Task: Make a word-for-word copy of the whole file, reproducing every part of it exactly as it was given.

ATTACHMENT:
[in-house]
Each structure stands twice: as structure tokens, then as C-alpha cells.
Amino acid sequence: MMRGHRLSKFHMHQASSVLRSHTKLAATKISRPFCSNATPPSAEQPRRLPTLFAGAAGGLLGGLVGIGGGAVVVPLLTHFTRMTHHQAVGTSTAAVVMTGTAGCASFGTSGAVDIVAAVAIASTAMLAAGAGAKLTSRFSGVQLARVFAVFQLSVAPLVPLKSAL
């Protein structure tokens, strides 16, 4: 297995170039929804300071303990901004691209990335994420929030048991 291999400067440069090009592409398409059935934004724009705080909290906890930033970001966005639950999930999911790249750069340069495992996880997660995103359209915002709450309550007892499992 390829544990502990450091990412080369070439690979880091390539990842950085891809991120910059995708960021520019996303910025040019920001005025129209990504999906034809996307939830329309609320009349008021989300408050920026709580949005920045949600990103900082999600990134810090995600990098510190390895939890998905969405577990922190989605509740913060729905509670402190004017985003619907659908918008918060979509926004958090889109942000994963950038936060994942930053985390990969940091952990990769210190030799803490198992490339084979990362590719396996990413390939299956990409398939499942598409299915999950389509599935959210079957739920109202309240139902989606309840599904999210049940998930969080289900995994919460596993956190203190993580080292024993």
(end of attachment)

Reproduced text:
[in-house]
Each structure stands twice: as structure tokens, then as C-alpha cells.
Amino acid sequence: MMRGHRLSKFHMHQASSVLRSHTKLAATKISRPFCSNATPPSAEQPRRLPTLFAGAAGGLLGGLVGIGGGAVVVPLLTHFTRMTHHQAVGTSTAAVVMTGTAGCASFGTSGAVDIVAAVAIASTAMLAAGAGAKLTSRFSGVQLARVFAVFQLSVAPLVPLKSAL
């Protein structure tokens, strides 16, 4: 297995170039929804300071303990901004691209990335994420929030048991 291999400067440069090009592409398409059935934004724009705080909290906890930033970001966005639950999930999911790249750069340069495992996880997660995103359209915002709450309550007892499992 390829544990502990450091990412080369070439690979880091390539990842950085891809991120910059995708960021520019996303910025040019920001005025129209990504999906034809996307939830329309609320009349008021989300408050920026709580949005920045949600990103900082999600990134810090995600990098510190390895939890998905969405577990922190989605509740913060729905509670402190004017985003619907659908918008918060979509926004958090889109942000994963950038936060994942930053985390990969940091952990990769210190030799803490198992490339084979990362590719396996990413390939299956990409398939499942598409299915999950389509599935959210079957739920109202309240139902989606309840599904999210049940998930969080289900995994919460596993956190203190993580080292024993």